They came in dhows. Hundreds of years ago, the Arabs came on Dhows to the Kenyan coast, and thus began a long, intricate history of the Omani sultanate and what was to become the identity of the Swahili in Kenya.
Dhows still exist today, and we were really lucky to be sent on a mystical dhow trip to watch the last sunset of 2016 by Malik, owner of Baytil Ajaib where we stayed in Lamu.
Captain Adam and his first mate picked us up at 4.3opm, and sailed us through Manda island as the dhow sail was lifted and opened – this is such a beautiful site. As the water of the ocean lapped on the side, Sam and I sat at the helm in utter bliss to be in this moment. The dhow eye sailed us into the direction it chose, as the winds blew where they felt.
Just when I thought this was as wonderful as it would get, the Captain steered to the left – to a channel , reminiscent of the Amazon. All of a sudden, the rough, lapping waves gave way to serene calm – water at peace with itself, and it felt as if the dhow was floating. I had my reservations about the dhow being able to fit in the channel, but indeed it did, and floated on as if pulled by Angels, coming out to the other side, and back to the darting sea.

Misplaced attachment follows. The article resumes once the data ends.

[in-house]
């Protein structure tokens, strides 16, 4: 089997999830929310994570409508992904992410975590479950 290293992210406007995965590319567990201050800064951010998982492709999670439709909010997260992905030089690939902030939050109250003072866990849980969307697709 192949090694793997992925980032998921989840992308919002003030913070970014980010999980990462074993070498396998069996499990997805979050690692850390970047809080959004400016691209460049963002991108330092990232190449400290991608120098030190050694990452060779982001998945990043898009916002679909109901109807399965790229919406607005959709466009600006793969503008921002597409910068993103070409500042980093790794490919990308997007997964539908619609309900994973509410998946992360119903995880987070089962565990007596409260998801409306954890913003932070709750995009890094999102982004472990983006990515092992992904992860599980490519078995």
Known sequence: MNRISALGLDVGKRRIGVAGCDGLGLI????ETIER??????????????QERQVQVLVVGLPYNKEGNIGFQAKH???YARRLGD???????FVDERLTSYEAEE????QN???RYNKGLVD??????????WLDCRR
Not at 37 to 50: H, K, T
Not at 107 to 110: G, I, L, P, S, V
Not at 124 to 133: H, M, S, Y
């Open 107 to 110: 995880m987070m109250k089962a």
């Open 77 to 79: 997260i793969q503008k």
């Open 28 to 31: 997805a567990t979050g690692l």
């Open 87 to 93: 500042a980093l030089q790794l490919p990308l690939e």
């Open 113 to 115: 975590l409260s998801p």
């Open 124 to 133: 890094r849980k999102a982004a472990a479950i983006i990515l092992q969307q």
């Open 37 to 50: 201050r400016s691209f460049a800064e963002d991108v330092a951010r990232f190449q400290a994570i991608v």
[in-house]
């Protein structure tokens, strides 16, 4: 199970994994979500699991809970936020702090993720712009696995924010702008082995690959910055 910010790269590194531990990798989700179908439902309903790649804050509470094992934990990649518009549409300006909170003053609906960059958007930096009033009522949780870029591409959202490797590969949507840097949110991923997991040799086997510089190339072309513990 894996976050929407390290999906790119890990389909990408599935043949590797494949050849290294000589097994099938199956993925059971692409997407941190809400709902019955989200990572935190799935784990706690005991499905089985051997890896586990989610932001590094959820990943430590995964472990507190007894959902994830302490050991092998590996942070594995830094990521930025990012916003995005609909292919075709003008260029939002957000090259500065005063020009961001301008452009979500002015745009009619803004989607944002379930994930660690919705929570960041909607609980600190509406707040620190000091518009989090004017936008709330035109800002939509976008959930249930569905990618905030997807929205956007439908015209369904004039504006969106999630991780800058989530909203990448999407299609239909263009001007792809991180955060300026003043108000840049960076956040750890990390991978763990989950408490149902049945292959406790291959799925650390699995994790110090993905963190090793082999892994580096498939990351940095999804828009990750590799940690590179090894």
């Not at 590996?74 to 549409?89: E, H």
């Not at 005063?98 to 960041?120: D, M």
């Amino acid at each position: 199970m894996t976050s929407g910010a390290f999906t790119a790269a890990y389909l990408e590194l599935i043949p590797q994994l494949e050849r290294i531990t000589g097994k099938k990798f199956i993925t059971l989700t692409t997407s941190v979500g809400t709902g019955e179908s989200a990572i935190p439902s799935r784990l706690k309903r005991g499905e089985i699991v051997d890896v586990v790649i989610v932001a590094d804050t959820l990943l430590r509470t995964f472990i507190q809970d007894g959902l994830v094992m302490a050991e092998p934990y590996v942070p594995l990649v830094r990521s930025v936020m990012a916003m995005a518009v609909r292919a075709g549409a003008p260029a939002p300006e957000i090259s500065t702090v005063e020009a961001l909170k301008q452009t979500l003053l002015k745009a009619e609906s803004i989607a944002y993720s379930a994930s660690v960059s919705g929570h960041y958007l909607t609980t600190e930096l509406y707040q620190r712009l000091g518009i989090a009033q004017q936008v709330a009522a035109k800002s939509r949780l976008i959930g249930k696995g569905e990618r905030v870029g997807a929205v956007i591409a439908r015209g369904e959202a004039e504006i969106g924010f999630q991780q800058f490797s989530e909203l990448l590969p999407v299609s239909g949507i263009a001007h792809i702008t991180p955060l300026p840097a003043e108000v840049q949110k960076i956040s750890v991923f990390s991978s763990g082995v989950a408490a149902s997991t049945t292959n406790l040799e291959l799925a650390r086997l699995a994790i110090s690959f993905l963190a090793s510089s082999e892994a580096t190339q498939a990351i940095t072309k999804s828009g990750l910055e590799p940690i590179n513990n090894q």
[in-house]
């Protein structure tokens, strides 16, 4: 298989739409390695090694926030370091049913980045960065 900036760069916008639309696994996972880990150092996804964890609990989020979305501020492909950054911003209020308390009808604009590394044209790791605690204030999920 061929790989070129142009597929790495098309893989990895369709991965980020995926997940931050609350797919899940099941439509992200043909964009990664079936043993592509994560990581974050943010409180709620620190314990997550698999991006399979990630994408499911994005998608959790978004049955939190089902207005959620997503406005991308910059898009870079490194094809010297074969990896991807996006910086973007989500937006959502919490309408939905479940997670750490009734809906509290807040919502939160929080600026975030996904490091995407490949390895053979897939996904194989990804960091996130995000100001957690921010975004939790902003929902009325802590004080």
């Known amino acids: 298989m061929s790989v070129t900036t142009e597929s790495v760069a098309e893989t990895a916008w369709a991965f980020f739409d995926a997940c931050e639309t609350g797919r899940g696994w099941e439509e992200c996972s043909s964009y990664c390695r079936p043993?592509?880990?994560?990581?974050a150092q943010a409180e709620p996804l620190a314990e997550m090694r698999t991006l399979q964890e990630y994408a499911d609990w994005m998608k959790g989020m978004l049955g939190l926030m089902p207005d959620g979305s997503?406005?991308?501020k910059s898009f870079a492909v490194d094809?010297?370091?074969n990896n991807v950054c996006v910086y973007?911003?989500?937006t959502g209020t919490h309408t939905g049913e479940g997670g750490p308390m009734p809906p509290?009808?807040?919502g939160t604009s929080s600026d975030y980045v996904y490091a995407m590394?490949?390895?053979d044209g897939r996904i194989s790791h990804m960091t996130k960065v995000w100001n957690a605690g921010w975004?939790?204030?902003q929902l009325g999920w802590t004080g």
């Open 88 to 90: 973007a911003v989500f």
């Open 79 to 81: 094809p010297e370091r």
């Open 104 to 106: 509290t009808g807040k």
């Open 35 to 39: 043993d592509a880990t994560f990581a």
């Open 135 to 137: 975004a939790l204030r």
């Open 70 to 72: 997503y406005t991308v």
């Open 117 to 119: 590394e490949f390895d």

As we sailed away, back to Lamu, the majestic sun said his goodbye for the year, and sunk into the sea for the evening, to be awakened the next day.
Once in your lifetime, try, sail away, be blown away.